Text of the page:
Auckland Council loses $1.4 billion in interest rate bet

Auckland Council has booked $1.4 billion in balance sheet losses on interest rate derivatives in the past two years after its strategy of fixing interest costs long-term backfired when interest rates cratered.

The pain, or rather the lack of immediate relief from the cost of borrowing, comes as local government finances come under considerable strain as the pandemic bites. This week the council forecast by 2024 there would be a $1b Covid-19-shaped hole in its budgets, and signalled years of emergency belt-tightening.

But at the end of last month when the council’s annual report was released, notes to the accounts also flagged a $665m loss in the value of its interest rate derivatives during the year, on top of a similar $719m loss the year prior.

An audit note provided by the Auditor-General said of the $1.4b in losses: “This is primarily the result of the Auckland Council and Group using derivates to fix the interest rates paid on borrowings at rates higher than current marker interest rates.”

These interest rate hedges – effectively a tool for council to fix the rate it pays on debt – saw the average interest rate paid by Auckland Council last year on its $10b of total debt reach 4.35 per cent, after hitting 5.35 the years before.

These rates are above those paid by even consumer borrowers for residential mortgages today, and are far higher than the sub-1 per cent yield the council’s bonds are attracting on the NZX secondary market.

Mayor Phil Goff declined repeated requests from the Herald this week to discuss or justify the hedging losses and whether ratepayers were locked into now-overpriced loans, with a statement from his office saying he had “nothing further to add” to statements by his council’s treasurer John Bishop.

Bishop described the hedging strategy as designed to ensure certainty in council expenses, and said the policy had been in place since the Super City council was established in 2010.

He said they insulated the council and ratepayers from the shock of any rate rise. “If interest rates went up by 1 per cent, that would add $100m to interest rates every year and we’d have to put up rates by 6 per cent.”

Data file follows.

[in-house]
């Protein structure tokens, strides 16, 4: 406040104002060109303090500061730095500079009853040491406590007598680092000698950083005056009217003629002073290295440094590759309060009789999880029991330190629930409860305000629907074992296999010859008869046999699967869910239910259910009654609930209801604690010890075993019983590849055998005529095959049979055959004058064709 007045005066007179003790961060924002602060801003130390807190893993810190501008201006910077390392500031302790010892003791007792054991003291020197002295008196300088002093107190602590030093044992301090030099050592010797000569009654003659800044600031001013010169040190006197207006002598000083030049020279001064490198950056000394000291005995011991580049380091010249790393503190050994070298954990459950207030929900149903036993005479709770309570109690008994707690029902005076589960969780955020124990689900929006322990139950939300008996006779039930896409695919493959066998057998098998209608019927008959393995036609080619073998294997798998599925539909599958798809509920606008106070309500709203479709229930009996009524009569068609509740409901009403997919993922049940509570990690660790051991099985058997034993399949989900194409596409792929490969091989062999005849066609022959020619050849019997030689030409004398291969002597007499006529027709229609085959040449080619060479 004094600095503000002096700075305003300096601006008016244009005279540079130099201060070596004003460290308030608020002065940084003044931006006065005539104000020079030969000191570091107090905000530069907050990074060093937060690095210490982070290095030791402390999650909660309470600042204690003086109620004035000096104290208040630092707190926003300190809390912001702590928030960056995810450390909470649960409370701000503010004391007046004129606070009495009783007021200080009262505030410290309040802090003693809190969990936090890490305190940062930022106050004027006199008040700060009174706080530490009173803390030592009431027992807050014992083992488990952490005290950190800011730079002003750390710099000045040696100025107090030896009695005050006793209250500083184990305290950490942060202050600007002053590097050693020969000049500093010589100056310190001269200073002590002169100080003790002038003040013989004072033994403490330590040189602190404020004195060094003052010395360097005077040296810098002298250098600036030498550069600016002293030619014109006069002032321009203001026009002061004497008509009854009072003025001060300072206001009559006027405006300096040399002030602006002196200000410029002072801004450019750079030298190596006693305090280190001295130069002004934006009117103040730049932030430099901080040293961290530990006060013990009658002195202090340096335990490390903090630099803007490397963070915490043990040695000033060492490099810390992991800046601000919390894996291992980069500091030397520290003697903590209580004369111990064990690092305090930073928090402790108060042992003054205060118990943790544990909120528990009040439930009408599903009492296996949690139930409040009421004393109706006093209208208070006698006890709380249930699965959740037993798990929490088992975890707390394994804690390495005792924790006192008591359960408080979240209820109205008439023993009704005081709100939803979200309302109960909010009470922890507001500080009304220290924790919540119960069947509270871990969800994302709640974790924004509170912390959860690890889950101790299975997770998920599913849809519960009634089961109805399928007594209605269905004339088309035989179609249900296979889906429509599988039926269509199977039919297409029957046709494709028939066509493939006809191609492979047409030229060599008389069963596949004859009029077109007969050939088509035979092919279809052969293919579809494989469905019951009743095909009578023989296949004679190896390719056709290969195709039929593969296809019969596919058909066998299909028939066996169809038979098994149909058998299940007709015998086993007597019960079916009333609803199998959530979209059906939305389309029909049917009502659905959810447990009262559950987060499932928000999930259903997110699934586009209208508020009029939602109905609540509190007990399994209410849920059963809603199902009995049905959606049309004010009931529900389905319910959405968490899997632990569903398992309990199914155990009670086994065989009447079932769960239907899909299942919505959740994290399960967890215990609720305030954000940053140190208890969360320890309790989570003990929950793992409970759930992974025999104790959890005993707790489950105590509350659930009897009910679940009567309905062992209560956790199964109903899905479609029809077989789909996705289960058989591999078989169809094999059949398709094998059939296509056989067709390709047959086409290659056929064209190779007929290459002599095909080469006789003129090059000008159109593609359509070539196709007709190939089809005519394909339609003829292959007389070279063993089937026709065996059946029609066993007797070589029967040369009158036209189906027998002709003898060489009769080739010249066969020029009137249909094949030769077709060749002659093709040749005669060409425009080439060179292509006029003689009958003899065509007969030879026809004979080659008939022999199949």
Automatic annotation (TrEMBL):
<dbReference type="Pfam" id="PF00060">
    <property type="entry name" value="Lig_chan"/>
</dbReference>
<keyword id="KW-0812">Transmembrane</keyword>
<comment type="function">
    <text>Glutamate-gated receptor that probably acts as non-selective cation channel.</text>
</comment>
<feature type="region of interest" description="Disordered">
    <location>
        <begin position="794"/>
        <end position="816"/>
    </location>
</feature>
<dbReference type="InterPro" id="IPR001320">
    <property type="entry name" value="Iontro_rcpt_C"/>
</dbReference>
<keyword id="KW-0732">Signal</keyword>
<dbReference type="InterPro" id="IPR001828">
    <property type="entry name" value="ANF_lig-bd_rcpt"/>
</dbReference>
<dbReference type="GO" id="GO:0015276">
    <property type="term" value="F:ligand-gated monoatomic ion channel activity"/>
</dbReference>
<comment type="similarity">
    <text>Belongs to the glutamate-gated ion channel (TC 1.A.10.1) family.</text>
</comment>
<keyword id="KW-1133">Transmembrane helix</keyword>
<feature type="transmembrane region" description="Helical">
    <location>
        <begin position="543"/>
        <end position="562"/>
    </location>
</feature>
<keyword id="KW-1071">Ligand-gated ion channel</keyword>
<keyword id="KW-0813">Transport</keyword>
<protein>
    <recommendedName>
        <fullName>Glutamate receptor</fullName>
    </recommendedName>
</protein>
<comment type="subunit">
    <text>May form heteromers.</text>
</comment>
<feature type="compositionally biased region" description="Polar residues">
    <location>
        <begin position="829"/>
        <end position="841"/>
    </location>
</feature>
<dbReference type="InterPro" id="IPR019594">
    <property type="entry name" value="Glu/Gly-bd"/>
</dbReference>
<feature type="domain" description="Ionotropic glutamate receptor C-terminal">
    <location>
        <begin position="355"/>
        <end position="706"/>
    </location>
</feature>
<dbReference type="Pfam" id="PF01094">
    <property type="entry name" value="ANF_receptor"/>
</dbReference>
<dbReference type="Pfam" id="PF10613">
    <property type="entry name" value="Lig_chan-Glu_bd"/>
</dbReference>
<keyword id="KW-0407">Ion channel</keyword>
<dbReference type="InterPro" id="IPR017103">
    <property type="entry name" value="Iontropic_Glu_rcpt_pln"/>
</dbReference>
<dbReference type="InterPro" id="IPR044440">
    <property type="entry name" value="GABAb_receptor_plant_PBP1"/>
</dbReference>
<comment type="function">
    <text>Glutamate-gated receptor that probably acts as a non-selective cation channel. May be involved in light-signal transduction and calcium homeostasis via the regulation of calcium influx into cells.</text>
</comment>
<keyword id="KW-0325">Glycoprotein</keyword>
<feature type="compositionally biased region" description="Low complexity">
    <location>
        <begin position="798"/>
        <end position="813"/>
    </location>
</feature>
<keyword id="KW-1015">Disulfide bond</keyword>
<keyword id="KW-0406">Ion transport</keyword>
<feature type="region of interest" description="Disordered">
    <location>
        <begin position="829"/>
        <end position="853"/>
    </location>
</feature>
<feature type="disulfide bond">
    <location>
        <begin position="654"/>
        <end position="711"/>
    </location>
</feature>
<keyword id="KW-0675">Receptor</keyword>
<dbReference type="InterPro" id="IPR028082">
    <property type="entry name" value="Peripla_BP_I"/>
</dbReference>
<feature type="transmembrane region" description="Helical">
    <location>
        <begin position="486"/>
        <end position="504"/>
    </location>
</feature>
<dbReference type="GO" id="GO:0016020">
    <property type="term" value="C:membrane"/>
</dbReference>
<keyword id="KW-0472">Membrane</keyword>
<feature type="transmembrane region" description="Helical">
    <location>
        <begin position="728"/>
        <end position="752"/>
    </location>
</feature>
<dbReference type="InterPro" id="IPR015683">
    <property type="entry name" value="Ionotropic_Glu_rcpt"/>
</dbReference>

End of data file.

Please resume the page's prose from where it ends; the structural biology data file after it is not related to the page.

Bishop conceded the inverse – with the hedging positions meaning ratepayers were unable to benefit from a 6 per cent reduction in rates from a 1 per cent drop in interest rates – was also true, but backed the approach as “locking in certainty, so we can plan with confidence”.

He told the Herald some of its hedging positions, covering $2.9b of the council’s debt, were for 10 years, and the highest rate amongst such swaps was 5.3 per cent.

Economist Rodney Jones, of Wigram Capital, said the scale of the council’s position – which covered almost all its long-term debt, and with a large chunk locked in for a decade – could be described as “extremely aggressive”.

“I can understand you have some hedging in place on a three-year view – but I don’t see how it’s prudent to go beyond three years. And for all of your debt as well?” he said.

“This disaster – and this a disaster – is symptomatic of a systemic problem in local government.”

University of Auckland senior lecturer in accounting Lily Chen said the $1.4b in paper losses from hedging at Auckland Council “certainly appears to be poor practice of risk management, but hindsight is always 20/20”.

Jones said extensive hedging which locked in higher costs of borrowing if interest rates fell, affected a “fair number” of local councils in New Zealand, and left local government vulnerable when economic shocks such as Covid occurred.

While economic crashes typically pushed interest rates downwards, hedged positions meant they were unable to take advantage of lower borrowing costs just as the need for cheap debt became most acute, Jones said.

Harbour Asset Management senior credit analyst Simon Pannett said the council’s hedging strategy was not atypical of large corporates.

“When you look at it in hindsight, you could be saying ‘they would be paying less interest now’, but what they were doing was risk mitigation by locking in rates,” he said.

Pannett conceded the $1.4b of hedging losses “does look ugly from an accounting perspective”, but the effect on cashflow was nil and they would reverse if interest rates were to rise.

Hedging decisions at Auckland Council are made by a cluster of finance officials and private sector experts, with governance oversight provided by the finance and performance committee.

Committee chairwoman councillor Desley Simpson said Bishop, and other members of the treasury team, were scheduled to appear before the committee on Thursday where the hedging strategy – and criticism from Jones and Chen – would be canvassed.

“I’m not saying the policy is wrong, but there’s nothing wrong with questioning to see if it’s right. We will question officials as to whether the policy is still fit for purpose, or if there need to be any changes to reflect our current financial challenges,” she said.

Local government minister Nanaia Mahuta declined to comment specifically on Auckland Council’s hedging position or losses, but expressed confidence in local government debt management practices generally.

Mahuta noted in her statement: “It is prudent for local authorities to take moderate positions that do not expose ratepayers to extremes.”

Requests for comment from the opposition National Party, in flux post-election reallocating portfolios amongst a greatly diminished caucus, went unanswered this week.

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